The Swedish EU Commissioner Cecilia Malmström has been nominated to take over the trade portfolio at the European Union and as such, she will be responsible for negotiating the transatlantic trade agreement with the US on the behalf of the EU.
At a seminar on the geopolitical aspects of TTIP, held at the Swedish Institute for International Affairs in Stockholm this week, it was apparent that there is still a long way to go before the agreement, or TTIP as it is known, is anywhere near being settled.
Representing an American perspective at the seminar, was professor Daniel Hamilton, from the Center for Transatlantic Relations at Johns Hopkins University in Baltimore. He referred to the current state in the negotiations as "political winter".
By next year, the new EU commission has settled in, as well as the US Senate, where a third of the seats are up for election this November. And Daniel Hamilton is hopeful that the negotiations can move forward. If nothing else, because Europe and the US need the agreement for geopolitical reasons.
He thinks the agreement will strengthen the EU and the US internally, but also their relationship to each other, as well as increasing the confidence to stand up internationally for the standards already reached.
But standards is one of the things that worries critics of the TTIP in Europe. They fear that the EU would have to lower its standards on issues regarding health and safety, the environment and on social legislation such as parental leave, in order to meet the American standards. But, said Daniel Hamilton, this is not the case.
"California is the global standards setter in many issues of environmental legislation. So the idea that somehow the United States is lower than the EU is just wrong. One has to look more closely at each issue," he said.
"TTIP is not a negotiation to change somebody's standards to the other standard. It is not about lowering standards, it is how do you align them or recognise that each has a high enough standard so that together we can uphold global standards," he said.
According to Daniel Hamilton, it is not about whether we are going to have American standards or European standards, it is whether we are all going to have Chinese standards.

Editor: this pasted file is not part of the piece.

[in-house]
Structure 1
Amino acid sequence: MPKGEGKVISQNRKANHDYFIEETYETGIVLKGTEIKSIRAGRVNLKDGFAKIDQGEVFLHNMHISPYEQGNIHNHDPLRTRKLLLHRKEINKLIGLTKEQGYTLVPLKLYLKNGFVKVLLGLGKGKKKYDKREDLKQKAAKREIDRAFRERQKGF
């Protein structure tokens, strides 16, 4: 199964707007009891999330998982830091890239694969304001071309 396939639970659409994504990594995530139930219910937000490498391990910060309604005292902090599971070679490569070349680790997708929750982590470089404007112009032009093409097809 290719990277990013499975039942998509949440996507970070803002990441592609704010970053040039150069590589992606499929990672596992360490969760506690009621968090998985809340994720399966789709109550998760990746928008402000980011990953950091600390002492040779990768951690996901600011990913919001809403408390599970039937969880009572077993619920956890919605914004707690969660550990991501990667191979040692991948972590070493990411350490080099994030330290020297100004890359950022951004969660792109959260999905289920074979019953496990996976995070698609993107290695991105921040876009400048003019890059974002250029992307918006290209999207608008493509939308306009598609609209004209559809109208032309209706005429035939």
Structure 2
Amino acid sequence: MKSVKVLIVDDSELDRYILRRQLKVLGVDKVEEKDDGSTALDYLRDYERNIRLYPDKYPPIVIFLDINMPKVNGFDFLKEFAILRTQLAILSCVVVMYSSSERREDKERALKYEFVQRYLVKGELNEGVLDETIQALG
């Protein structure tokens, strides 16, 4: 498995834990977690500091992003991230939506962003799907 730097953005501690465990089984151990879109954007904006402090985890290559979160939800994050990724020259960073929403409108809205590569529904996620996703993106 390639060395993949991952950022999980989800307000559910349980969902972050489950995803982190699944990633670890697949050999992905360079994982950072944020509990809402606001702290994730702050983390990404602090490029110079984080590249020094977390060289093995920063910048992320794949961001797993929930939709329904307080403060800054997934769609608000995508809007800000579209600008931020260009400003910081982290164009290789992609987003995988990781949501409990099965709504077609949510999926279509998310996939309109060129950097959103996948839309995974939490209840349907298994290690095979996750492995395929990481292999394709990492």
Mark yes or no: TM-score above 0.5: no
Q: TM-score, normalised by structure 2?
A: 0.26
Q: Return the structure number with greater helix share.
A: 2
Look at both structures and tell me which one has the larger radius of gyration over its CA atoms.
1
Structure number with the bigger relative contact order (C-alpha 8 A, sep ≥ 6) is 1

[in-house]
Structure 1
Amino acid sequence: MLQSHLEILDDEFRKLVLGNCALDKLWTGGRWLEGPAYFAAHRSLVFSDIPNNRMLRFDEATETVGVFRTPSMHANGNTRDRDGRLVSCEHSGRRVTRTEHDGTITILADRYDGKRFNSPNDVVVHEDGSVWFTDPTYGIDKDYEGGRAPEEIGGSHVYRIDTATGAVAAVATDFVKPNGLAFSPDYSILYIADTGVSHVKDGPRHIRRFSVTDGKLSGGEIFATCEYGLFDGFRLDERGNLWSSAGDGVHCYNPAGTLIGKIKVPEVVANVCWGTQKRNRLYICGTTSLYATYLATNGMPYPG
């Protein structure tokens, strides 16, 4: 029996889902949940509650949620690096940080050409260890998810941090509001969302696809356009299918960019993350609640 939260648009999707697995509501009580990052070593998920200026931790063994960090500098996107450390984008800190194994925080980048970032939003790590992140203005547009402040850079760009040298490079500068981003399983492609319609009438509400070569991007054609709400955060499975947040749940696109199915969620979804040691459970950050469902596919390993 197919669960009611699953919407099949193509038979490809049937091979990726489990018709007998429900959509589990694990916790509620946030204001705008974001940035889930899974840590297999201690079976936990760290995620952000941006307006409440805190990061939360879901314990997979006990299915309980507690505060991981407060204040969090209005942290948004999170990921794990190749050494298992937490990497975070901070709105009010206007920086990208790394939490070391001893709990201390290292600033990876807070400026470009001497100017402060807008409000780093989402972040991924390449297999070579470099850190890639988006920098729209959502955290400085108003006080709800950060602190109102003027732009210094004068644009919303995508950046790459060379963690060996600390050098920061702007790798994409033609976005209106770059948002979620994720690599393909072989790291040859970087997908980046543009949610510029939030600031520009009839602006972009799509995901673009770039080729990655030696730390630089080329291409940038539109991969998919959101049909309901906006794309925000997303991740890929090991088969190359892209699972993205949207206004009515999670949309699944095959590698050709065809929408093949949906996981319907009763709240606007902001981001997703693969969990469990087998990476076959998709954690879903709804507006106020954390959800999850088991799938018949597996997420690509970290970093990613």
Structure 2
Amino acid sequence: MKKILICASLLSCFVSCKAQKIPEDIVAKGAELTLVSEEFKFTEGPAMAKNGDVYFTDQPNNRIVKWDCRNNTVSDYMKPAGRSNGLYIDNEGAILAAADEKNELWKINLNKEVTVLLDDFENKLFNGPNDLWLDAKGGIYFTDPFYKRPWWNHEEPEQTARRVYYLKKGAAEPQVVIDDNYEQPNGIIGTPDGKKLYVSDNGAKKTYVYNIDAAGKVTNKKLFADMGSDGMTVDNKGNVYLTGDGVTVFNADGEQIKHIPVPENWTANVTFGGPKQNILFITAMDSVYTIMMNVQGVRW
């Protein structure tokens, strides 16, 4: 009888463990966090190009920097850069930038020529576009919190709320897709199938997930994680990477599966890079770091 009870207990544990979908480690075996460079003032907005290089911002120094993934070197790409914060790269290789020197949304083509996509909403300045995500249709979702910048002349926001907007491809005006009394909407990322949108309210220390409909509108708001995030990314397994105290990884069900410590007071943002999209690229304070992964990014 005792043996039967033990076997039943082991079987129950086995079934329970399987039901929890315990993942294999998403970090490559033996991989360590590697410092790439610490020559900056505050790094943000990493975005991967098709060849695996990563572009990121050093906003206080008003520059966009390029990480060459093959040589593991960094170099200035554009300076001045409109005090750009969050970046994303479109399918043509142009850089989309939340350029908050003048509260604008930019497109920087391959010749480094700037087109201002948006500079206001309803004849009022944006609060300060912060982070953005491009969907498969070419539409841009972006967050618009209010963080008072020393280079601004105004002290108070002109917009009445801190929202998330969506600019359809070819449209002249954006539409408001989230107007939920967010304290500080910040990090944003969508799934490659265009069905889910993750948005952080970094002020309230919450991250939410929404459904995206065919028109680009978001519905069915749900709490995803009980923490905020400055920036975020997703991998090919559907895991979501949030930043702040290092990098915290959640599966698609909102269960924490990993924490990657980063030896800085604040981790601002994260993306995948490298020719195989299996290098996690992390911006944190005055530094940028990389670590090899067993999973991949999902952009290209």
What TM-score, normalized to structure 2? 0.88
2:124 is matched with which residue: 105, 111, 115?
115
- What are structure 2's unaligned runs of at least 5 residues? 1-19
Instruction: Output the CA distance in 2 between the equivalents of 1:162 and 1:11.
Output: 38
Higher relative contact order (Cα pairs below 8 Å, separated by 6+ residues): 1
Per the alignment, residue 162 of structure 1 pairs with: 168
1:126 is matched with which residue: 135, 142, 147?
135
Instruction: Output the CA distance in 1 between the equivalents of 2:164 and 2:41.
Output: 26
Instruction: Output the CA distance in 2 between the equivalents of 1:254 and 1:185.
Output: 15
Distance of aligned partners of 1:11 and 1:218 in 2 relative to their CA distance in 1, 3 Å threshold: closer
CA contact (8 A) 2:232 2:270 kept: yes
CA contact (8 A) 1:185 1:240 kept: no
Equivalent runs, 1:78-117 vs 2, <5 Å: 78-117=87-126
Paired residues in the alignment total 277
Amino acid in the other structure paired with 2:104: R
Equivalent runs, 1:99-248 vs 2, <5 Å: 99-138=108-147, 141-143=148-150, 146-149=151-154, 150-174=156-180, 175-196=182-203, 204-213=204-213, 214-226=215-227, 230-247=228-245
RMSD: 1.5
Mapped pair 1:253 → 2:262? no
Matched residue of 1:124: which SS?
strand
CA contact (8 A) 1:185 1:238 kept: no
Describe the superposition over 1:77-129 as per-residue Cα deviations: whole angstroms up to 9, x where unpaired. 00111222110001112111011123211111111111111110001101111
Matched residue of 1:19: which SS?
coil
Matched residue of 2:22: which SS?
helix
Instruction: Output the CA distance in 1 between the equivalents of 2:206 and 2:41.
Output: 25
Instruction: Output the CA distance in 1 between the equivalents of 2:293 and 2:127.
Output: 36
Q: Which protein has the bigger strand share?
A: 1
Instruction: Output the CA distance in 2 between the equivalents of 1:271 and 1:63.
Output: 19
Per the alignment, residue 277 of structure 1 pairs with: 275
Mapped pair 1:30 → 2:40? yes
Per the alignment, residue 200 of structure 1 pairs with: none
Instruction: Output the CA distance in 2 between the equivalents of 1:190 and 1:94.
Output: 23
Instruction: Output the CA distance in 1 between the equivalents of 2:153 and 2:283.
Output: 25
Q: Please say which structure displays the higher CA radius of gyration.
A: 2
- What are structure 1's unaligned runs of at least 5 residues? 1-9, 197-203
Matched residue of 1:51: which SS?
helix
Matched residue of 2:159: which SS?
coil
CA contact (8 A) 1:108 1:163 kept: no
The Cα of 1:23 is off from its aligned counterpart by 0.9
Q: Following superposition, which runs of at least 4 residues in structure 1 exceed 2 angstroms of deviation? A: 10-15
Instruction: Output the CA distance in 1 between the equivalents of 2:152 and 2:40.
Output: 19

Meanwhile, representing a European viewpoint, Björn Fägersten, research fellow at the Swedish Institute for International Affairs, says the main the difference between the American and the EU perspective lies elsewhere.
"I don't think is is such a big question in the US actually, they focus more on the Pacific trade arrangement. In Europe I think it has been seen as the positive news coming out of the EU over the last years regarding the economy. However, especially after the Snowden affair, it is increasingly sensitive. And today I think, in order to be successful, you will have to negotiate TTIP together with other things that the Europeans find important, like data protection for example," he said.
This is especially true, says Fägersten, when you consider that the European parliament will have a say on the agreement. And looking ahead, the biggest challenge that he sees to an agreement, is getting the political support in europe.
"It is one thing to have technocrats negotiating. It is quite another things to have the parliaments to agree on this. In the EU it is going to be a mixed agreement, so both the European Parliament and the national parliaments have to accept it," he said.
"One of the main hurdles is not exactly what is in TTIP, but rather that in many national parliaments in Europe it's so sentitive with anything coming from the EU circles, because there is a problem with legitimacy and political will."
Nevertheless Björn Fägersten does believe there will be an agreement - or perhaps several. And in this, Daniel Hamilton agrees.
"One shouldn't anticipate one signed document. I believe we will have a package that will be approved, and then we'll have a new process that will continue. So it's not one big trade agreement in the traditional sense, it is something very different," he said.